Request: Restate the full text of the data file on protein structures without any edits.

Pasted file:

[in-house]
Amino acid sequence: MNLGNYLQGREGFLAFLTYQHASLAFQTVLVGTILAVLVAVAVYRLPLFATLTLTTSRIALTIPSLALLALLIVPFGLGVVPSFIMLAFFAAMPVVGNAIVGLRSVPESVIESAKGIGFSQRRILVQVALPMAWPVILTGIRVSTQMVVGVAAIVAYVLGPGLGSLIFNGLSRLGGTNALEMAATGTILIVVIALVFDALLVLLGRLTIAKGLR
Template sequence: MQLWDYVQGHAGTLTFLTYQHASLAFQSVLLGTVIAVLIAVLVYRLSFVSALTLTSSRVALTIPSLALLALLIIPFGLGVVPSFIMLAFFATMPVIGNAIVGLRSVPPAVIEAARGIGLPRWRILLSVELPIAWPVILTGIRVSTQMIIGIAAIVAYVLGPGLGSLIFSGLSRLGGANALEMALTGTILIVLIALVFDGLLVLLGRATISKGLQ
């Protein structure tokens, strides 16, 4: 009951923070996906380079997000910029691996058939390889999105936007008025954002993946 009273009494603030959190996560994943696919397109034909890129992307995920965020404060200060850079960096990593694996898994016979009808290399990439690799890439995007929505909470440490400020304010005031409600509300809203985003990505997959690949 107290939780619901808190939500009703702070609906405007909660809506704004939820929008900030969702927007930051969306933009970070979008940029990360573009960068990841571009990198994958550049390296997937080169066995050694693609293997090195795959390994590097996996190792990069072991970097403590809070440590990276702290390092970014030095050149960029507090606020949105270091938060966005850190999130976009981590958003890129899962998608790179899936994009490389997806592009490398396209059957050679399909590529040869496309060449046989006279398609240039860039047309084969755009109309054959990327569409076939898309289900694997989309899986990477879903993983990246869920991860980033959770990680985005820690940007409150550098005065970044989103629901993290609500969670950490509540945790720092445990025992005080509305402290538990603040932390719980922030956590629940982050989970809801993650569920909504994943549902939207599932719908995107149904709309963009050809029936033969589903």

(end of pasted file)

[in-house]
Amino acid sequence: MNLGNYLQGREGFLAFLTYQHASLAFQTVLVGTILAVLVAVAVYRLPLFATLTLTTSRIALTIPSLALLALLIVPFGLGVVPSFIMLAFFAAMPVVGNAIVGLRSVPESVIESAKGIGFSQRRILVQVALPMAWPVILTGIRVSTQMVVGVAAIVAYVLGPGLGSLIFNGLSRLGGTNALEMAATGTILIVVIALVFDALLVLLGRLTIAKGLR
Template sequence: MQLWDYVQGHAGTLTFLTYQHASLAFQSVLLGTVIAVLIAVLVYRLSFVSALTLTSSRVALTIPSLALLALLIIPFGLGVVPSFIMLAFFATMPVIGNAIVGLRSVPPAVIEAARGIGLPRWRILLSVELPIAWPVILTGIRVSTQMIIGIAAIVAYVLGPGLGSLIFSGLSRLGGANALEMALTGTILIVLIALVFDGLLVLLGRATISKGLQ
């Protein structure tokens, strides 16, 4: 009951923070996906380079997000910029691996058939390889999105936007008025954002993946 009273009494603030959190996560994943696919397109034909890129992307995920965020404060200060850079960096990593694996898994016979009808290399990439690799890439995007929505909470440490400020304010005031409600509300809203985003990505997959690949 107290939780619901808190939500009703702070609906405007909660809506704004939820929008900030969702927007930051969306933009970070979008940029990360573009960068990841571009990198994958550049390296997937080169066995050694693609293997090195795959390994590097996996190792990069072991970097403590809070440590990276702290390092970014030095050149960029507090606020949105270091938060966005850190999130976009981590958003890129899962998608790179899936994009490389997806592009490398396209059957050679399909590529040869496309060449046989006279398609240039860039047309084969755009109309054959990327569409076939898309289900694997989309899986990477879903993983990246869920991860980033959770990680985005820690940007409150550098005065970044989103629901993290609500969670950490509540945790720092445990025992005080509305402290538990603040932390719980922030956590629940982050989970809801993650569920909504994943549902939207599932719908995107149904709309963009050809029936033969589903």